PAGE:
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Your Blood Pressure Reading Is Likely More Accurate at Home | by heidi


It’s common to have your blood pressure taken at your healthcare provider's office, but new research suggests that you’ll probably get a more accurate reading by doing it in your own home.

For the study, which was published in the Journal of General Internal Medicine, researchers analyzed electronic health record data from 510 adults who visited one of 12 Kaiser Permanente primary care centers in Washington between 2017 and 2019.

The patients, who were at high risk of developing high blood pressure—or hypertension—were divided into three groups: those who received their follow-up blood pressure readings at a clinic, at home, or at kiosks at medical clinics or pharmacies.1

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Every study participant also received 24-hour ambulatory blood pressure monitoring (ABPM), which uses a full upper-arm cuff connected to a waist-carried device that’s worn constantly for 24 hours. The cuff inflates every 20 to 30 minutes during the day and every 30 to 60 minutes at night, allowing the researchers to compare the accuracy of the results of the three other methods.

It’s normal for your blood pressure to rise and fall throughout the day, but having consistently high blood pressure can raise your risk of a slew of serious health issues, including stroke and heart disease. A blood pressure reading is considered normal when it’s less than 120/80 mmHg. Blood pressure is “elevated” when it’s between 120-129/80 mmHg and high blood pressure when it’s 130 and above over 80 mmHg and above.

The researchers discovered that the blood pressure readings taken at home lined up with the ABPM readings. Measurements taken during clinic visits reported significantly lower systolic readings (how much pressure your blood is exerting against your artery walls when the heart beats), causing more than half of people who had hypertension to be missed.

People who had their blood pressure taken at kiosks received readings that were much higher than the ABPM measurements, leading to them having a higher risk of being over-diagnosed with hypertension.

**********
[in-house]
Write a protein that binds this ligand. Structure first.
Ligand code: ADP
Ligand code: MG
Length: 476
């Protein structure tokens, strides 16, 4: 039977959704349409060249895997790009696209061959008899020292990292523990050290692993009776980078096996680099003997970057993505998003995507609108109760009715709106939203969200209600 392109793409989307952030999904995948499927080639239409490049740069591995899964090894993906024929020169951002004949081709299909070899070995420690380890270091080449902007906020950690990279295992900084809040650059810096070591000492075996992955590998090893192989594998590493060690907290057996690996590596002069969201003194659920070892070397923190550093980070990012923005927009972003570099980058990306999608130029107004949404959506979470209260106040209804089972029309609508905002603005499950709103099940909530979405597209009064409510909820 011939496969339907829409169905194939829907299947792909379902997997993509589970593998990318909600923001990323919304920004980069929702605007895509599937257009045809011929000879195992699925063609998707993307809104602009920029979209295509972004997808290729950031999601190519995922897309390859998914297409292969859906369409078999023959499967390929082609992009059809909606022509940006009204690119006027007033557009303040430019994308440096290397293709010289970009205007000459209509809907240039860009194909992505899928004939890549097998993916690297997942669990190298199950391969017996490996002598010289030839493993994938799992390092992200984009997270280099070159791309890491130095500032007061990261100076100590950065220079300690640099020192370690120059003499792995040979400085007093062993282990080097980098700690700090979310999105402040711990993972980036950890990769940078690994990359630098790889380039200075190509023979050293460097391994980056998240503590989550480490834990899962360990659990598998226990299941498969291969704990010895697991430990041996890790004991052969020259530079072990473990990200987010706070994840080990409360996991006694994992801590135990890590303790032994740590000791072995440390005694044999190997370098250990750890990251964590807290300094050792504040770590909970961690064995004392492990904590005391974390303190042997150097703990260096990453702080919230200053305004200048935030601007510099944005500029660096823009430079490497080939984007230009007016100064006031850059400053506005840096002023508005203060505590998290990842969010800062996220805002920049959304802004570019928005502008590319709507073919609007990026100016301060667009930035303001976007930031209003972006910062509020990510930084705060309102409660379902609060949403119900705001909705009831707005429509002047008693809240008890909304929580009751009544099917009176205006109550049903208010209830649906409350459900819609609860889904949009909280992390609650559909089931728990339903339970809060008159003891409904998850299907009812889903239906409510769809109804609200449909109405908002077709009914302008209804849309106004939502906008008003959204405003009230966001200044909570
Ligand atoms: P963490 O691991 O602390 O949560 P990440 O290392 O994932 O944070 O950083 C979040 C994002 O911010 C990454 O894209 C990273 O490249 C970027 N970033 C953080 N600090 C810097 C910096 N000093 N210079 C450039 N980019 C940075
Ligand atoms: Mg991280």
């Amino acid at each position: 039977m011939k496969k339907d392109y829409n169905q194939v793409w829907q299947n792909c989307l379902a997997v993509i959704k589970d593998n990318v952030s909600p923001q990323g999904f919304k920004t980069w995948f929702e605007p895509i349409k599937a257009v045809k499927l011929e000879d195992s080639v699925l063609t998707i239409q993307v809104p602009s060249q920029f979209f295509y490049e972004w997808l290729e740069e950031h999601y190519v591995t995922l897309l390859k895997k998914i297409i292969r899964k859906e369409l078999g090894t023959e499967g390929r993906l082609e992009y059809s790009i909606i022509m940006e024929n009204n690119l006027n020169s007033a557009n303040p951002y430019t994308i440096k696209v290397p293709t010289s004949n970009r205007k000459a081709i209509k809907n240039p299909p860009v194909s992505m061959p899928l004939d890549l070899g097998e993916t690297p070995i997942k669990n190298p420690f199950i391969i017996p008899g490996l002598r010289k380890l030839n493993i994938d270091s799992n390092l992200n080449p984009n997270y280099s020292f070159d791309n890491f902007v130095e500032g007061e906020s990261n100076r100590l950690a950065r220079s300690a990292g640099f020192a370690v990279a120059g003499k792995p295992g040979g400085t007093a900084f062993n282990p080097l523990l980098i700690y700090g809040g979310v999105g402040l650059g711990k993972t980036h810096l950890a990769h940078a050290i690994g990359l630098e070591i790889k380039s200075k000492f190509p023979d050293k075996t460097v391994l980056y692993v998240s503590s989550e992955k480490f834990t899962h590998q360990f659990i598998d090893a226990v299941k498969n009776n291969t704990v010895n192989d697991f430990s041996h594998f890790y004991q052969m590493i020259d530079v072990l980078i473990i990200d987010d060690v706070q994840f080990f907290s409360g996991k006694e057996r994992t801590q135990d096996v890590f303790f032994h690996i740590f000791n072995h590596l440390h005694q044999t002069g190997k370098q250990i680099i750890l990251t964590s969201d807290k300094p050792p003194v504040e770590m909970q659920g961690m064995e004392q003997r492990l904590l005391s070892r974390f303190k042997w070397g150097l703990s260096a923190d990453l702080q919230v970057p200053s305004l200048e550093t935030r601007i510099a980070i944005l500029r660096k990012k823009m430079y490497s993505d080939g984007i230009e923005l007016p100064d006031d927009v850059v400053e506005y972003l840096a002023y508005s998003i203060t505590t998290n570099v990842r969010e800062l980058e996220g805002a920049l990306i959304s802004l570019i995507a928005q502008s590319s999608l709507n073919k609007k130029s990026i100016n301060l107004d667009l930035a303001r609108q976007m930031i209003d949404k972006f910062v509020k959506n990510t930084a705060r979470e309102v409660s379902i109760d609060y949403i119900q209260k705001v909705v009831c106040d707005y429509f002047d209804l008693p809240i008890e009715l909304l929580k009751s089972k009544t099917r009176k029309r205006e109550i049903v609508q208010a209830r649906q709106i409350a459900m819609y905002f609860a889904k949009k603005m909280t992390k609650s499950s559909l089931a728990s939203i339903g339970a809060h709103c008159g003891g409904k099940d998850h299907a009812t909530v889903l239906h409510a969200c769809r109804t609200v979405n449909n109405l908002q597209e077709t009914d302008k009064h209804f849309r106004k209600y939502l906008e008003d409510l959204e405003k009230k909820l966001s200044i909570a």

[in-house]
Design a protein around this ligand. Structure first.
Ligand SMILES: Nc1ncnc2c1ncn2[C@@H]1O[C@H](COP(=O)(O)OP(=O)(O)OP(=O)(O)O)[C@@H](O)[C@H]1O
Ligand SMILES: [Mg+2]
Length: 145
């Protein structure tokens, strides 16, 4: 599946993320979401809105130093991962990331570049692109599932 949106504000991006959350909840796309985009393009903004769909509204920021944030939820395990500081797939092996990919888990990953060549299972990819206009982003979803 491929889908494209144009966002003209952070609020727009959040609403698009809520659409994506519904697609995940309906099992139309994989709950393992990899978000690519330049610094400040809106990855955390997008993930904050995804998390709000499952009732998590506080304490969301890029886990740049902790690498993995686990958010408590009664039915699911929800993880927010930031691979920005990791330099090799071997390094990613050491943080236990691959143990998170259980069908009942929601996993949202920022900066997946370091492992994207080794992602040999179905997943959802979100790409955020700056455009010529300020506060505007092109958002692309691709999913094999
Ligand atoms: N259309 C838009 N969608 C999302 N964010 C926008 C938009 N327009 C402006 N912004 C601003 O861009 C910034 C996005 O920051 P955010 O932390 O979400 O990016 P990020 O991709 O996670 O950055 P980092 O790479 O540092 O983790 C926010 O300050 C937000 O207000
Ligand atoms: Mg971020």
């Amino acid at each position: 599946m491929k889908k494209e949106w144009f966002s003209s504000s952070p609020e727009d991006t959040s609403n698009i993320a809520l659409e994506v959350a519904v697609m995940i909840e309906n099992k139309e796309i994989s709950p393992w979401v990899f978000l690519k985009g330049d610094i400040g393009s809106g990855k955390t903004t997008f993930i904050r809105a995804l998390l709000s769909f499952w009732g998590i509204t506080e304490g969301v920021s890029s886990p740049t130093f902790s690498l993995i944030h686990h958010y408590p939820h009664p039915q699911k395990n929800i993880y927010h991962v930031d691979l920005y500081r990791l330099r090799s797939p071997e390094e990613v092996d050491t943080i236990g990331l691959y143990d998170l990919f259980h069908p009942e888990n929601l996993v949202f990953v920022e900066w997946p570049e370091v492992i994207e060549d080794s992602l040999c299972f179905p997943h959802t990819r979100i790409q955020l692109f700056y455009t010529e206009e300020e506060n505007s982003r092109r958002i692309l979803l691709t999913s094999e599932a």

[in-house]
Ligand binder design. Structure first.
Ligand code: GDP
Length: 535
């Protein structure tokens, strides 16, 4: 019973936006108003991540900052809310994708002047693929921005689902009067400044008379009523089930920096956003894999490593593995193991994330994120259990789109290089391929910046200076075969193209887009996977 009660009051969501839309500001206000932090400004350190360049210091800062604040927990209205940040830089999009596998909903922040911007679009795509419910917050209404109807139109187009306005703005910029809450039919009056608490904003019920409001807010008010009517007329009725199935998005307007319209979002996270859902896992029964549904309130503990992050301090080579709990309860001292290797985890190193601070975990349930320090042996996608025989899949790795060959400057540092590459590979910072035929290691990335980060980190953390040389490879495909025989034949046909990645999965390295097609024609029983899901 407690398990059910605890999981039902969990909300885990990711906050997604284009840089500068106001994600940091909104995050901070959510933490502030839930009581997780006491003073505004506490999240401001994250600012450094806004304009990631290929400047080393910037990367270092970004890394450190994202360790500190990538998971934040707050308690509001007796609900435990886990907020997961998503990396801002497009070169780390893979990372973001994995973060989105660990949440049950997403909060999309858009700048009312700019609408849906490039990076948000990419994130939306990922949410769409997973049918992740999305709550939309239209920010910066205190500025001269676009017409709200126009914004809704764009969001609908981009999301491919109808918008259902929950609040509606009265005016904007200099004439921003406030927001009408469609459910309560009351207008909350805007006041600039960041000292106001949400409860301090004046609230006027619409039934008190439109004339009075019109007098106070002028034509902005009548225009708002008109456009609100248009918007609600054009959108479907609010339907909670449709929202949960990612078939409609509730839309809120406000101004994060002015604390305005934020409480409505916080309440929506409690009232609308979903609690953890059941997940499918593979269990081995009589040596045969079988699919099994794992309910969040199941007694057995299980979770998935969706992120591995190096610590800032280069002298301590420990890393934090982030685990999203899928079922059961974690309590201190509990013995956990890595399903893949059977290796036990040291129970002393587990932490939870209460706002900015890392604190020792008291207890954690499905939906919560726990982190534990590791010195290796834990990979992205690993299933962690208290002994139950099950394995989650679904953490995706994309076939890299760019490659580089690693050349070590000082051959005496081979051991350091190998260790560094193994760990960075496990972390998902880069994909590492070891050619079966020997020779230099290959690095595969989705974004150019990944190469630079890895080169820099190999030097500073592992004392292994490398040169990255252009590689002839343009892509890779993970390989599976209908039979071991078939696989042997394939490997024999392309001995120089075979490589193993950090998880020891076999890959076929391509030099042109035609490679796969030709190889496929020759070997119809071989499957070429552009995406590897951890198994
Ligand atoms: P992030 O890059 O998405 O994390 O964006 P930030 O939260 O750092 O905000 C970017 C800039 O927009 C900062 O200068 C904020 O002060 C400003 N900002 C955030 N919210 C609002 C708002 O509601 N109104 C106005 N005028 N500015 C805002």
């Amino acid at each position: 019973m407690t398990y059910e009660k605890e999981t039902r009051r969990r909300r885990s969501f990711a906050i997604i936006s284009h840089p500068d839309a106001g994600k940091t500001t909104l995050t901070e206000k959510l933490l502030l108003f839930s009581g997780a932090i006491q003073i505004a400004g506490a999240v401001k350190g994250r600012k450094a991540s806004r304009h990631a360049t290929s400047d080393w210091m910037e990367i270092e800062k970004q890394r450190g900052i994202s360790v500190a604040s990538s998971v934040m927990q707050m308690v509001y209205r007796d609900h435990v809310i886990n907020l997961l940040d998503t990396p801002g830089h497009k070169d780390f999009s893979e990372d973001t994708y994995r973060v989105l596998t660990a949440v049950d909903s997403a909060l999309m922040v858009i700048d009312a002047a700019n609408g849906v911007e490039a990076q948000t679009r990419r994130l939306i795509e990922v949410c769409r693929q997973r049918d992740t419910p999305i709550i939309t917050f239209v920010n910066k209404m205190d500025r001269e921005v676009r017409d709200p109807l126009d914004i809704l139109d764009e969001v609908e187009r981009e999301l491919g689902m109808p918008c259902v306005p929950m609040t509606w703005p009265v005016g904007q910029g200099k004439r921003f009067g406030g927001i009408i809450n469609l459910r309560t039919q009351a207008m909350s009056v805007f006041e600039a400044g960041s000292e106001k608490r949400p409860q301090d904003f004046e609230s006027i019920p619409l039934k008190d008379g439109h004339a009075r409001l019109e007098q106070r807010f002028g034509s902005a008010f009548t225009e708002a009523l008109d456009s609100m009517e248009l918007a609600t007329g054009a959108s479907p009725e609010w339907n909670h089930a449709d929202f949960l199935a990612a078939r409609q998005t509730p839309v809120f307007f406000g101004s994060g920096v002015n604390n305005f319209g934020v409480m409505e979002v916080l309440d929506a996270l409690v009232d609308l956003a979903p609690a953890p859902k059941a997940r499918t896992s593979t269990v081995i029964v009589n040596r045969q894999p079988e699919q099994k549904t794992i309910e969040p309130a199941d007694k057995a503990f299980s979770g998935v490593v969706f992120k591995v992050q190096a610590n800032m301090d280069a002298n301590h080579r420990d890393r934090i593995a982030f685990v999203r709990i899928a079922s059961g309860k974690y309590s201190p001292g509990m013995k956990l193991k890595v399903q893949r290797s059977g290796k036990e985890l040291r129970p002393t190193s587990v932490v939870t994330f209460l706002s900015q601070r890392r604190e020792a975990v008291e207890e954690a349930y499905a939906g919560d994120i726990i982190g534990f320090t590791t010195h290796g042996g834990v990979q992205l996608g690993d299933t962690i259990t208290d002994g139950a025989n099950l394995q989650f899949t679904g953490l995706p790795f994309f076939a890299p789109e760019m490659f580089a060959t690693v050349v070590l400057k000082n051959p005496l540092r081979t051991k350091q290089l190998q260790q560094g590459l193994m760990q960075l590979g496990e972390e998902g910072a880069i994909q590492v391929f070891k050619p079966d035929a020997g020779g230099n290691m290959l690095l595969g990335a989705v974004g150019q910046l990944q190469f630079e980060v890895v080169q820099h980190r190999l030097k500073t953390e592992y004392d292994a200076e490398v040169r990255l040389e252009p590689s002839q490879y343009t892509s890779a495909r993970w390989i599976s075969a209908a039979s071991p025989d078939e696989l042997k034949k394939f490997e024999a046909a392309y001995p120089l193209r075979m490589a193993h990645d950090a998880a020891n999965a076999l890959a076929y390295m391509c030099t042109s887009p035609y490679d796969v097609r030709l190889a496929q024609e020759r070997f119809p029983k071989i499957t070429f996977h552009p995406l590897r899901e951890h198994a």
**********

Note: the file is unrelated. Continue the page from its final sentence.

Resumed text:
Why Are Blood Pressure Readings More Accurate at Home?

Stephanie Feldman, MD, a cardiologist and assistant professor of medicine at Rutgers New Jersey Medical School, told Verywell that it’s “surprising” that clinic blood pressure measurements were, on average, lower than those taken by the ABPM.

“Previous literature and clinical experience suggest that clinic blood pressures are often higher for many reasons that include patient anxiety, situational stresses, and improper technique,” she said.

But, Feldman said, the technique also matters when comparing numbers.

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"You may get different measurements when using a manual cuff versus an automated cuff or inappropriate cuff size—too small leads to a falsely higher blood pressure reading, too large leads to falsely lower readings,” she said.

Rigved Tadwalkar, MD, a board-certified cardiologist at Providence Saint John’s Health Center in California, told Verywell that the findings “mirror what I often see in practice—that home blood pressure measurements are similar to the gold-standard, 24-hour ambulatory blood pressure monitoring.”

Blood pressure readings can also vary depending on the patient's environment, Feldman said.

“You can imagine if someone is running late to an appointment, is anxious about going to the doctor’s office, or has to wait in a crowded pharmacy to use a kiosk—the blood pressure reading might be higher,” she said.

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That’s also true if you drank caffeine right before your reading or exercised beforehand, Tadwalkar said. “When understanding that any of these variables can overlap with each other, it is possible to see how a blood pressure reading could easily become inaccurate,” he said.

What This Means For You

If you’re at risk for hypertension or know you have the condition, talk to a healthcare provider about monitoring your blood pressure at home.

How to Get an Accurate Blood Pressure Reading

Experts say there are a few things you can do to get a more accurate blood pressure reading.

“To get the most accurate readings when you go to the doctor’s office, avoid exercise, caffeine, and smoking 30 minutes before your appointment,” Feldman advised. “Try to arrive for your appointment early so that you have time to sit and relax in the waiting room and ensure you are seated for five minutes before the office staff check your blood pressure.”

Sit comfortably with both feet on the floor for the reading, make sure the cuff fits comfortably—meaning, it’s not too loose or too tight—and avoid talking while the measurement is being taken. 

If you have high blood pressure, Feldman recommended getting a validated automatic home blood pressure cuff to keep track of your blood pressure at home “to give you and your doctor more information to make sure your blood pressure is at your goal and to help with adjusting your medications safely.”